There are a lot of iPhone apps out there, and a lot of them are aimed at drummers. There are metronomes, practice tools, tuners, drum machines, recorders, etc. I’ll be honest. I’ve bought a lot of them. Of those I’ve bought or downloaded, I actually use an incredibly small percentage of of them on any sort of regular basis. In fact, I’d wager I’ll never touch 90% of them again. However, some of the ones I use regularly are incredibly useful, so I figured I would share.
Amazing Slow Downer is, hands down, the best tool in my arsenal for learning how to play (or transcribe) other people’s music. What it does is simple in a sense. It slows down the song, but manages to keep the pitch. How much you slow down the song is variable. As you can see from the screenshot, there’s a whole host of sliders you can adjust, and they’re all pretty useful.Â Aside from slowing down songs, Amazing Slow Downer is incredibly useful for setting up and repeating difficult parts of songs. At $14.99 at the time of this writing, Amazing Slow Downer is one of the more expensive applications in the iTunes App Store. However, it’s totally worth it. And, compared to the $49.95 the Mac/PC version costs, it doesn’t feel like a bad deal at all.
There are way too many metronomes available for the iPhone. I’ve tried quite a few of them, both paid-for and free. This has been my favorite of the bunch. For a drummer, any metronome that uses only audible cues is pretty worthless. Setlist Metronome is, of course, a metronome with both visual and audible cues (otherwise it wouldn’t be earning my recommendation).Â Beyond that, what sets it apart, and earns it its name, is the ability to create a setlist. You define a bunch of tempos and time signatures, load them all in a certain order, and then go play your gig/practice using them. Easy as that! It really doesn’t do much more, but why would you want it to? Keep it simple and useful. This is another one that costs a bit more than most appsÂ ($7.99 when this was written). Personally, I still find it worth it.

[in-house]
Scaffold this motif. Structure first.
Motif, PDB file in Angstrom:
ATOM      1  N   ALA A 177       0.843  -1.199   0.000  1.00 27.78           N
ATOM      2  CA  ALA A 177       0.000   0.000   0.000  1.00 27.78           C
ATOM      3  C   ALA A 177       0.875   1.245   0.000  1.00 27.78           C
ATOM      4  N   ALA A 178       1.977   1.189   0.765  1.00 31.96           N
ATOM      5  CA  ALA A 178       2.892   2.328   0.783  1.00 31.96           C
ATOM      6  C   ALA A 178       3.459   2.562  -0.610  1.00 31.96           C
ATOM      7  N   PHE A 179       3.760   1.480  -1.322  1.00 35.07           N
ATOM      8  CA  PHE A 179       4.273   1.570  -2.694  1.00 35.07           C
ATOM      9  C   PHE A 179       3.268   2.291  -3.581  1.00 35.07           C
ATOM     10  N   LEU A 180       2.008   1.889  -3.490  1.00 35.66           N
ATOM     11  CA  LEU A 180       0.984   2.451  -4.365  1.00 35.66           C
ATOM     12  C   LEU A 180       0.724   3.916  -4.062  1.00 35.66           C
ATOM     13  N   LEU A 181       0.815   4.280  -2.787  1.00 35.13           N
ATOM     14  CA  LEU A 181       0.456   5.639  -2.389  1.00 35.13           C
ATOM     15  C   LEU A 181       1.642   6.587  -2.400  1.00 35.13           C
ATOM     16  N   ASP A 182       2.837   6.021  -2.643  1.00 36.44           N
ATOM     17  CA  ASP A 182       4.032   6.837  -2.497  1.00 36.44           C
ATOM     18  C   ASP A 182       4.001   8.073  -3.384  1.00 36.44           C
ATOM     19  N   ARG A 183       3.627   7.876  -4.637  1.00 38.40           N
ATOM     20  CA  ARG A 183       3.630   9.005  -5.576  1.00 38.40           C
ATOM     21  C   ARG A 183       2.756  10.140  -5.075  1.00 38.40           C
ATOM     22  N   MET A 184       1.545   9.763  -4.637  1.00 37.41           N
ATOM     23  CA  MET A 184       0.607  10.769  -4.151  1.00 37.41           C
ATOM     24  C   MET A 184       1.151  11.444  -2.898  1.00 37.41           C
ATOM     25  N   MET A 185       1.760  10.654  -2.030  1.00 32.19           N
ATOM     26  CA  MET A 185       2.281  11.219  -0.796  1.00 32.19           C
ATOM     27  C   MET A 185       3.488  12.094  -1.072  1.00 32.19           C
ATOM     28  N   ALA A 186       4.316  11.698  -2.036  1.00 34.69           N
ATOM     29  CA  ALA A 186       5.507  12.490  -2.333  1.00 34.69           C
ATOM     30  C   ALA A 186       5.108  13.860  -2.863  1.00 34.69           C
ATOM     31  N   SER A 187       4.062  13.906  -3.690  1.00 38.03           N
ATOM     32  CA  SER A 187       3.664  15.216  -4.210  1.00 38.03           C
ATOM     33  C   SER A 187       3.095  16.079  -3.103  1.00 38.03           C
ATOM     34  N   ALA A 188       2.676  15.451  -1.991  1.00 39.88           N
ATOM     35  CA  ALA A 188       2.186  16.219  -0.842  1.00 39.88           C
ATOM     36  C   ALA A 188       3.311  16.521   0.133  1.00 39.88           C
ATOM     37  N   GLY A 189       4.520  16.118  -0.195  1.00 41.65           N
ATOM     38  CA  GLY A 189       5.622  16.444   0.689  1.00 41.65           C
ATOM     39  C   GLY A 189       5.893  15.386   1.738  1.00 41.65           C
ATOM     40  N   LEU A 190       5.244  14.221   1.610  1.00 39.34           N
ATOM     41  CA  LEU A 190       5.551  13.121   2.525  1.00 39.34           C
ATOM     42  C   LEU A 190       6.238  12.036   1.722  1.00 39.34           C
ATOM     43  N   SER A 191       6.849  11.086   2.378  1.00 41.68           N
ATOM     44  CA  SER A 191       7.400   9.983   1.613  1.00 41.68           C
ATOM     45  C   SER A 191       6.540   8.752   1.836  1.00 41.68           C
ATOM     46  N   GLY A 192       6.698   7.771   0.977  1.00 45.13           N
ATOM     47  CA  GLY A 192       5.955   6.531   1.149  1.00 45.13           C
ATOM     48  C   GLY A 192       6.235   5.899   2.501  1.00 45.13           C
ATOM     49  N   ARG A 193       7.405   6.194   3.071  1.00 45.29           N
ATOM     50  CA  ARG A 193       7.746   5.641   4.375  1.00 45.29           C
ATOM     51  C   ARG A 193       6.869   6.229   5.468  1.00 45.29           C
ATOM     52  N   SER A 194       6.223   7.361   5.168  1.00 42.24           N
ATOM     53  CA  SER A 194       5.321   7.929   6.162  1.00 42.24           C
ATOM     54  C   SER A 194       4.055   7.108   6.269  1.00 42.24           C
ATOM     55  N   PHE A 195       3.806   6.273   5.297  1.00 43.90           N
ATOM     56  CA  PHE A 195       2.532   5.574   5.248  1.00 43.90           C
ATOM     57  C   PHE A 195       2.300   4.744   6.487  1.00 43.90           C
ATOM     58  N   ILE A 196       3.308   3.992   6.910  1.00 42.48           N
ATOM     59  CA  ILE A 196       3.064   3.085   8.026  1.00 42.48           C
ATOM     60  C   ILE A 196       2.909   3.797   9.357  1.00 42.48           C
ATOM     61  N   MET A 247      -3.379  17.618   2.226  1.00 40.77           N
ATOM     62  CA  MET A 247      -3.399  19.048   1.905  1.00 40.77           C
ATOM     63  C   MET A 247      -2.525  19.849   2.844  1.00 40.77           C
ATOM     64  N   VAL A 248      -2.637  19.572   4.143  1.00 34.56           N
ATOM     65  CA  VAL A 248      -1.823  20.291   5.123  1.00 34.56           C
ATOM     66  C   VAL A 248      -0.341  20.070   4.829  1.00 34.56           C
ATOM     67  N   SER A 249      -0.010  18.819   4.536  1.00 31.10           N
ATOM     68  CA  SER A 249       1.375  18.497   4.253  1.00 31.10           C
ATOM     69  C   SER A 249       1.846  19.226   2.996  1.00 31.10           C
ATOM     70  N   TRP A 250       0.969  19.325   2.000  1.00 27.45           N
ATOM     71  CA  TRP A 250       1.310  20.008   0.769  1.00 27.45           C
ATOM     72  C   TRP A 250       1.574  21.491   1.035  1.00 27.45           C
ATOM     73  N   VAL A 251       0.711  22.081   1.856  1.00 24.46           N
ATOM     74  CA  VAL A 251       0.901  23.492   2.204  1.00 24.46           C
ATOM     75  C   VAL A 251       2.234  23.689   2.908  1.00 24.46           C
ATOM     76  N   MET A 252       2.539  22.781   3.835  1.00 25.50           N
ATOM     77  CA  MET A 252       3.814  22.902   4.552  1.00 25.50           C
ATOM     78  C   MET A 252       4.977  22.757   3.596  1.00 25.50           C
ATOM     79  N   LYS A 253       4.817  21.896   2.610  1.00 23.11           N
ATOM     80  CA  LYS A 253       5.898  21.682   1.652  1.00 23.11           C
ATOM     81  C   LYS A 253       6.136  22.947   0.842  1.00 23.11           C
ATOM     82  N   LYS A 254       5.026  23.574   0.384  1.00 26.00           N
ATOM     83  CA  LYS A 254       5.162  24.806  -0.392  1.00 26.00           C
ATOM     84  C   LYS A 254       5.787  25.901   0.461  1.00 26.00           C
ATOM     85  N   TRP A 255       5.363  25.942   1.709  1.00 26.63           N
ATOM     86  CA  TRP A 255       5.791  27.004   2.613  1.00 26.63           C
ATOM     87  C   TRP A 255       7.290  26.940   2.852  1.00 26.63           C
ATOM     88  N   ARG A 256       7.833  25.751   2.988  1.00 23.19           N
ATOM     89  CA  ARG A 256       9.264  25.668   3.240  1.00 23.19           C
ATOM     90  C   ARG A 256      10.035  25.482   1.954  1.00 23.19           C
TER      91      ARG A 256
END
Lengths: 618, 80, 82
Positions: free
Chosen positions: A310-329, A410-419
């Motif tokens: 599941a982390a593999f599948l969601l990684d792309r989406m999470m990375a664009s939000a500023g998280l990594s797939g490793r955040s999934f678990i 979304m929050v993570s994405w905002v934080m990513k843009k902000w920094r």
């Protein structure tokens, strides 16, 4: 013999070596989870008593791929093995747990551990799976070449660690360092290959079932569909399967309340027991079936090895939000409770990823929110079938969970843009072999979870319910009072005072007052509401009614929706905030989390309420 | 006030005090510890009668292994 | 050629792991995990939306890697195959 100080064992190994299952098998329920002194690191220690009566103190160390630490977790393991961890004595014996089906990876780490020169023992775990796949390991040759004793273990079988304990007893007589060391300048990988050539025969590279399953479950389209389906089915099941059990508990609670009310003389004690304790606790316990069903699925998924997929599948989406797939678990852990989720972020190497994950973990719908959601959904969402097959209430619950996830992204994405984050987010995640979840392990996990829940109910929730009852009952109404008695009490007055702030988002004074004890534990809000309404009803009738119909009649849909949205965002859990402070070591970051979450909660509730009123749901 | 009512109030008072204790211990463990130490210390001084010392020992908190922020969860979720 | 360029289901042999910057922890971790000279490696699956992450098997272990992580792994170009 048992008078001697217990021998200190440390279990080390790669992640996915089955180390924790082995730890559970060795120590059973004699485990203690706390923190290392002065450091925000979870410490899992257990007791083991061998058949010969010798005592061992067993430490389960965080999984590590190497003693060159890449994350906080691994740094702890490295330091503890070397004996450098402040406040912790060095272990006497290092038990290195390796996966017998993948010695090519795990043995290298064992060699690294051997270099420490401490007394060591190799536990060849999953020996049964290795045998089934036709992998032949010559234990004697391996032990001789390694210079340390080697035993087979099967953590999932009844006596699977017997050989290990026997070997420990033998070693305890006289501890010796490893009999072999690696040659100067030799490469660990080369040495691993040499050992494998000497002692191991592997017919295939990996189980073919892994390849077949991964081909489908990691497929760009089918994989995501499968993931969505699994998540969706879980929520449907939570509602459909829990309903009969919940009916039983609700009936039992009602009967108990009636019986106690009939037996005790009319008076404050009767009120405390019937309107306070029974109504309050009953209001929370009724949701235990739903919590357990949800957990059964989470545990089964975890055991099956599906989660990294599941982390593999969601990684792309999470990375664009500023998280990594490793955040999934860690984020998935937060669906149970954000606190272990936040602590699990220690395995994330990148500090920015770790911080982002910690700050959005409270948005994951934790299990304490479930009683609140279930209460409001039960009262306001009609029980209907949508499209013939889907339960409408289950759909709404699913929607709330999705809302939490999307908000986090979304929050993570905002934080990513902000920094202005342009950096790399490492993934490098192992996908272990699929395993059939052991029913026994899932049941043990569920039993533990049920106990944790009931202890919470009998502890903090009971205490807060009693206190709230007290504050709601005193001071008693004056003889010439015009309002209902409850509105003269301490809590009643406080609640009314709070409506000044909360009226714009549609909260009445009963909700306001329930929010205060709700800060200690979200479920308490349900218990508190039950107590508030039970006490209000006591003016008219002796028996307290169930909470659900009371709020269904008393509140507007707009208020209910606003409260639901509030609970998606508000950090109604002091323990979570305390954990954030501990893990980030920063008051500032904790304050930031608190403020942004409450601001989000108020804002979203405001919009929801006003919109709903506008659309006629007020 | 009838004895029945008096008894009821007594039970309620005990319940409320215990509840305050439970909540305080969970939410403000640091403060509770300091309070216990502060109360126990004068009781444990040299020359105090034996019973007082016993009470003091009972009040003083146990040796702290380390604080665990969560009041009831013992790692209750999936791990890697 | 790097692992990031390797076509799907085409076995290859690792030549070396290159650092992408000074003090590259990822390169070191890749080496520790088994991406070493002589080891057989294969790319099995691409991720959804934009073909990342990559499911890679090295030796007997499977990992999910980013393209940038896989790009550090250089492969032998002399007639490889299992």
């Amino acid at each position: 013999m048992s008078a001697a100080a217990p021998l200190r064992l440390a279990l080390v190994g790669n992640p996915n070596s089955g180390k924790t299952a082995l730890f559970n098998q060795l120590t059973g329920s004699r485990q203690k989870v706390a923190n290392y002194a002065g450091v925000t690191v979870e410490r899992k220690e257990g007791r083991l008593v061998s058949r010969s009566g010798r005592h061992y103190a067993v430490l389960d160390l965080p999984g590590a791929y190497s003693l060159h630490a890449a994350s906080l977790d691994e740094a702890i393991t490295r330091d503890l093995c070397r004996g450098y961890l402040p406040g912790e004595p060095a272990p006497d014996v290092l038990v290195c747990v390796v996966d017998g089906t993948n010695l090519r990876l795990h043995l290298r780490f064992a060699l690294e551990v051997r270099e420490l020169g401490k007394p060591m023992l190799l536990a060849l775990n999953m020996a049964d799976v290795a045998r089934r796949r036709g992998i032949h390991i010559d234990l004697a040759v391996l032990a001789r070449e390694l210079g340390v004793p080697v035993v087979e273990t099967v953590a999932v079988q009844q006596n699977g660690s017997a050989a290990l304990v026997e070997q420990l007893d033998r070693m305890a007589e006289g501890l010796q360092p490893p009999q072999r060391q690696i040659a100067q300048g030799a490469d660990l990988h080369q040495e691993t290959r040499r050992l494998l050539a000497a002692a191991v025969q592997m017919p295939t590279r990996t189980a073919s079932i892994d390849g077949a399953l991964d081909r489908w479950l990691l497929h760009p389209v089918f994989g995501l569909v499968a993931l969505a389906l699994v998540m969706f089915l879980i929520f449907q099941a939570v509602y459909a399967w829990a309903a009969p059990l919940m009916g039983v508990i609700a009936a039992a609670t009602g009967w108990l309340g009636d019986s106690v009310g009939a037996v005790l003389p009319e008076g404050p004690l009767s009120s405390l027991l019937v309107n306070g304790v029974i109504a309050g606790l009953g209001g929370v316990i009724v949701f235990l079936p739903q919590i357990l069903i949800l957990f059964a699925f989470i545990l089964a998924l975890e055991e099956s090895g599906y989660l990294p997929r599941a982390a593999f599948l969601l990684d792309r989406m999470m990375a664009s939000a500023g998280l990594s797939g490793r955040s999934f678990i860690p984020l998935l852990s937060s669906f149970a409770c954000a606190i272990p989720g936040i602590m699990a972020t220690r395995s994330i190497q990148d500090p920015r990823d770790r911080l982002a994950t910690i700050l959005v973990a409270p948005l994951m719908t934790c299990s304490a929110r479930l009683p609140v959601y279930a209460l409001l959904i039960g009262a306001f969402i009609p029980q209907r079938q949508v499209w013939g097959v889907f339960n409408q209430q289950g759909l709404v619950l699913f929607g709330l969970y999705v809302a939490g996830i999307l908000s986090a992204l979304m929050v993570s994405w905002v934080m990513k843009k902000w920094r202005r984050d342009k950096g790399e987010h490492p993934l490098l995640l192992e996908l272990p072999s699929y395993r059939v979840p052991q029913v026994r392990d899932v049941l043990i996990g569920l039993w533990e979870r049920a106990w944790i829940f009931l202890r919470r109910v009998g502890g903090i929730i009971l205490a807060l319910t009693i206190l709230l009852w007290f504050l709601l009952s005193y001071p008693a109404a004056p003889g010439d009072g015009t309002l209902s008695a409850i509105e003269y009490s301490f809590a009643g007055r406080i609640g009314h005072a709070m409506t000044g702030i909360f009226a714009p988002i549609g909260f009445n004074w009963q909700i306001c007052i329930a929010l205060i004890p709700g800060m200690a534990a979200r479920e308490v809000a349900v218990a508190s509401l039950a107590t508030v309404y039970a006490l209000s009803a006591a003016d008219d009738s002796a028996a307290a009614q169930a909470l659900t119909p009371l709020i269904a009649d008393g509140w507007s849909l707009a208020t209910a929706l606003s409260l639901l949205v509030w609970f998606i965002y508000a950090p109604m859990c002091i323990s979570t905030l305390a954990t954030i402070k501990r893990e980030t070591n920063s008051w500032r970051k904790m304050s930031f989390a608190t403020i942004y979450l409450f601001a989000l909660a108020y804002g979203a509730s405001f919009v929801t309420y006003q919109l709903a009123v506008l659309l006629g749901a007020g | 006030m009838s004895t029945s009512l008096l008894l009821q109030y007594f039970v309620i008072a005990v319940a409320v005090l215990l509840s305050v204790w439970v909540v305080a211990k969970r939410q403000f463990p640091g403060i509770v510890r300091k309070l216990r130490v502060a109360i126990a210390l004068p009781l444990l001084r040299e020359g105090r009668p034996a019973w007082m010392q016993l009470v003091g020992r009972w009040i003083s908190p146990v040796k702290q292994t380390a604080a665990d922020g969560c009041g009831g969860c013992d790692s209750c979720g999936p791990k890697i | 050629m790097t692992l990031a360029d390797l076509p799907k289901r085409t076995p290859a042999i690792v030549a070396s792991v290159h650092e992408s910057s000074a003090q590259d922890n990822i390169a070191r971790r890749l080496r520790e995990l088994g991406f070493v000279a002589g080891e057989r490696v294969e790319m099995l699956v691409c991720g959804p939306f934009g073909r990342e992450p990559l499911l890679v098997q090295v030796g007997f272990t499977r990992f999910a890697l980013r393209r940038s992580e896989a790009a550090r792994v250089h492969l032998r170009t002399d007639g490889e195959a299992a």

I don’t know if this is something all drummers would need or use, but I’m one of those that relies on a tuner when I’m doing my snare and toms, at least to get me started. There are also a lot of tuners out there. This one seemed to be the best (most accurate and quick to respond) of the tuners I tried. It works great on guitars and other “normal” instruments, but it’s quick enough to react to a drum hits too. At $3.99 during this writing, I’d say it is definitely a solid purchase.